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Science & Space

Satellite radio captures ears of millions

By Kathleen Kingsbury

XM uses transmitters like this to beam programming to its 2 million subscribers.
XM uses transmitters like this to beam programming to its 2 million subscribers.
Technology (general)
Federal Communications Commission (FCC)
Sirius Satellite Radio Incorporated

(CNN) -- When Mike Alden first tuned in to satellite radio, he simply could not turn it off.

"I was sleeping less than four hours a night," said Alden, who subscribed to XM Satellite Radio in June 2003. "I'd gotten so sick of FM radio's cookie-cutter programming. XM is a music-lover's paradise."

Alden, a computer specialist, says he listens to satellite radio up to 16 hours each day so he doesn't miss any programming while traveling between his Detroit, Michigan, home and office. The possibilities astound this lifelong music fan.

"There's just so much music to listen to," he said.

Alden is not alone. Satellite radio's popularity is growing rapidly nationwide. The leading provider, XM, claims it has 2 million subscribers, and smaller competitor Sirius Satellite Radio recently said it has 500,000 subscribers. The two companies now offer a total of 133 commercial-free music channels and 88 of talk radio. Both XM and Sirius are racing to launch new technology and programming.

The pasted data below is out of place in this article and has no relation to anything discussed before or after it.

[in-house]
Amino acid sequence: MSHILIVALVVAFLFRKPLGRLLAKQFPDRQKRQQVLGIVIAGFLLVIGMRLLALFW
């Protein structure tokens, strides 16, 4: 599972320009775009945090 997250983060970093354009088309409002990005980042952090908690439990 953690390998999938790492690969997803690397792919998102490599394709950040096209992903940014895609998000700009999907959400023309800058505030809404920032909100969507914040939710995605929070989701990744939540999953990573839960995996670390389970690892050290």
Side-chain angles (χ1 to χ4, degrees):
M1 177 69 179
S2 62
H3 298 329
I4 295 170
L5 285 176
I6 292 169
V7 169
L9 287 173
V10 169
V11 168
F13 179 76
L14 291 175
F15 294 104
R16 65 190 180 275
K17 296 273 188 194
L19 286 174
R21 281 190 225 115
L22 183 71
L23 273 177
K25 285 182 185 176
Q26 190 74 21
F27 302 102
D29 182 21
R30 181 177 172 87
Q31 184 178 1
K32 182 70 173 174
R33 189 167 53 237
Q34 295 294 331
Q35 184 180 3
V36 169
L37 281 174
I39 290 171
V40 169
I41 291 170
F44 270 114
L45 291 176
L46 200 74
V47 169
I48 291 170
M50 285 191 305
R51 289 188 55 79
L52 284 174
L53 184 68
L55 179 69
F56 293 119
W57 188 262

From space to your ear

Satellite channels beam their signals to a satellite orbiting more than 22,000 miles above the earth, which then transmits them to radio receivers in cars and homes. Subscribers buy receivers, priced as low as $50, to receive the service. The technology allows listeners to hear the same station anywhere in the continental United States.

The Federal Communications Commission initially opened up bandwidth on its satellites for commercial broadcast in 1997. Four companies paid $80 million each to access the spectrum.

Washington-based XM signed up its first customers by September 2001, and Sirius followed in 2002. The two companies are now the only broadcasters in the United States, but satellite radio is also available in more than a dozen nations in Europe and Asia.

Subscribers often say that in addition to its availability, satellite radio's voluminous programming -- as diverse as music from rapper Eminem and a National Rifle Association talk show -- is why they pay $10 a month. Music genres from the obscure to the ubiquitous fill the radio dial. NASCAR fans find comprehensive coverage, as do opera enthusiasts and Britney Spears fans.

"With their library of more than 2 million songs, you're bound to hear songs you like that you haven't heard in years," says subscriber Ryan Mathus, 20, a student at the University of Delaware.

But Mathus says a lack of local news, weather and traffic detracts from satellite radio's coverage.

To fill that gap, XM has recently patented technology to use ground repeaters that will provide listeners with weather and traffic in many major U.S. cities.

That move has sparked a heated dispute about how far satellite radio should infringe on traditional radio's long-held territory.